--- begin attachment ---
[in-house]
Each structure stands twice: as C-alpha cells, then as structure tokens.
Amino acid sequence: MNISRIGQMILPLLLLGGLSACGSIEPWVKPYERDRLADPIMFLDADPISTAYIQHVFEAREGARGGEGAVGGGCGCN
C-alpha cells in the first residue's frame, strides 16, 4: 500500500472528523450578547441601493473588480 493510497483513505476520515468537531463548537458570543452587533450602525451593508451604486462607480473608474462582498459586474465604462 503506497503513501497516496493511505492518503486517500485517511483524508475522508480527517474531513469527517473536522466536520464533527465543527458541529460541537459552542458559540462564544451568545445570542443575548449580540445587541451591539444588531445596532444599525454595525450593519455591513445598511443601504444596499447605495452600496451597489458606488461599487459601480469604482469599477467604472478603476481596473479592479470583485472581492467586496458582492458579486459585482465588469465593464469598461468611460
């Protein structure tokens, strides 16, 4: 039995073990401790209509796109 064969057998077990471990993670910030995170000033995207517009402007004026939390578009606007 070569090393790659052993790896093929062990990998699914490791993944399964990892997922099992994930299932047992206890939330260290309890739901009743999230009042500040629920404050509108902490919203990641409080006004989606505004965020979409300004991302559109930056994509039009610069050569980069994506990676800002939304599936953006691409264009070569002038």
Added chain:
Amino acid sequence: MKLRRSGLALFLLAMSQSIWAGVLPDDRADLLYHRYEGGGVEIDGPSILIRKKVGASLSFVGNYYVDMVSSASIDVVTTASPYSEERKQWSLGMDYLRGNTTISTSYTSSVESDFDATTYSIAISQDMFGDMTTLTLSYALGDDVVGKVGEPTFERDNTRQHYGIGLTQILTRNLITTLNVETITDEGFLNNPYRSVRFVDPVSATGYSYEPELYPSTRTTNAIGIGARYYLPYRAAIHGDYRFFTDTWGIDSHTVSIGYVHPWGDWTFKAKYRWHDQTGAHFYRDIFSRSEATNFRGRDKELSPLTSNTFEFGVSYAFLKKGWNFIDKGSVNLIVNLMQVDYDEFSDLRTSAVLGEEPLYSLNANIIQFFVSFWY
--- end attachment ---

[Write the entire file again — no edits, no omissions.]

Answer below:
[in-house]
Each structure stands twice: as C-alpha cells, then as structure tokens.
Amino acid sequence: MNISRIGQMILPLLLLGGLSACGSIEPWVKPYERDRLADPIMFLDADPISTAYIQHVFEAREGARGGEGAVGGGCGCN
C-alpha cells in the first residue's frame, strides 16, 4: 500500500472528523450578547441601493473588480 493510497483513505476520515468537531463548537458570543452587533450602525451593508451604486462607480473608474462582498459586474465604462 503506497503513501497516496493511505492518503486517500485517511483524508475522508480527517474531513469527517473536522466536520464533527465543527458541529460541537459552542458559540462564544451568545445570542443575548449580540445587541451591539444588531445596532444599525454595525450593519455591513445598511443601504444596499447605495452600496451597489458606488461599487459601480469604482469599477467604472478603476481596473479592479470583485472581492467586496458582492458579486459585482465588469465593464469598461468611460
């Protein structure tokens, strides 16, 4: 039995073990401790209509796109 064969057998077990471990993670910030995170000033995207517009402007004026939390578009606007 070569090393790659052993790896093929062990990998699914490791993944399964990892997922099992994930299932047992206890939330260290309890739901009743999230009042500040629920404050509108902490919203990641409080006004989606505004965020979409300004991302559109930056994509039009610069050569980069994506990676800002939304599936953006691409264009070569002038």
Added chain:
Amino acid sequence: MKLRRSGLALFLLAMSQSIWAGVLPDDRADLLYHRYEGGGVEIDGPSILIRKKVGASLSFVGNYYVDMVSSASIDVVTTASPYSEERKQWSLGMDYLRGNTTISTSYTSSVESDFDATTYSIAISQDMFGDMTTLTLSYALGDDVVGKVGEPTFERDNTRQHYGIGLTQILTRNLITTLNVETITDEGFLNNPYRSVRFVDPVSATGYSYEPELYPSTRTTNAIGIGARYYLPYRAAIHGDYRFFTDTWGIDSHTVSIGYVHPWGDWTFKAKYRWHDQTGAHFYRDIFSRSEATNFRGRDKELSPLTSNTFEFGVSYAFLKKGWNFIDKGSVNLIVNLMQVDYDEFSDLRTSAVLGEEPLYSLNANIIQFFVSFWY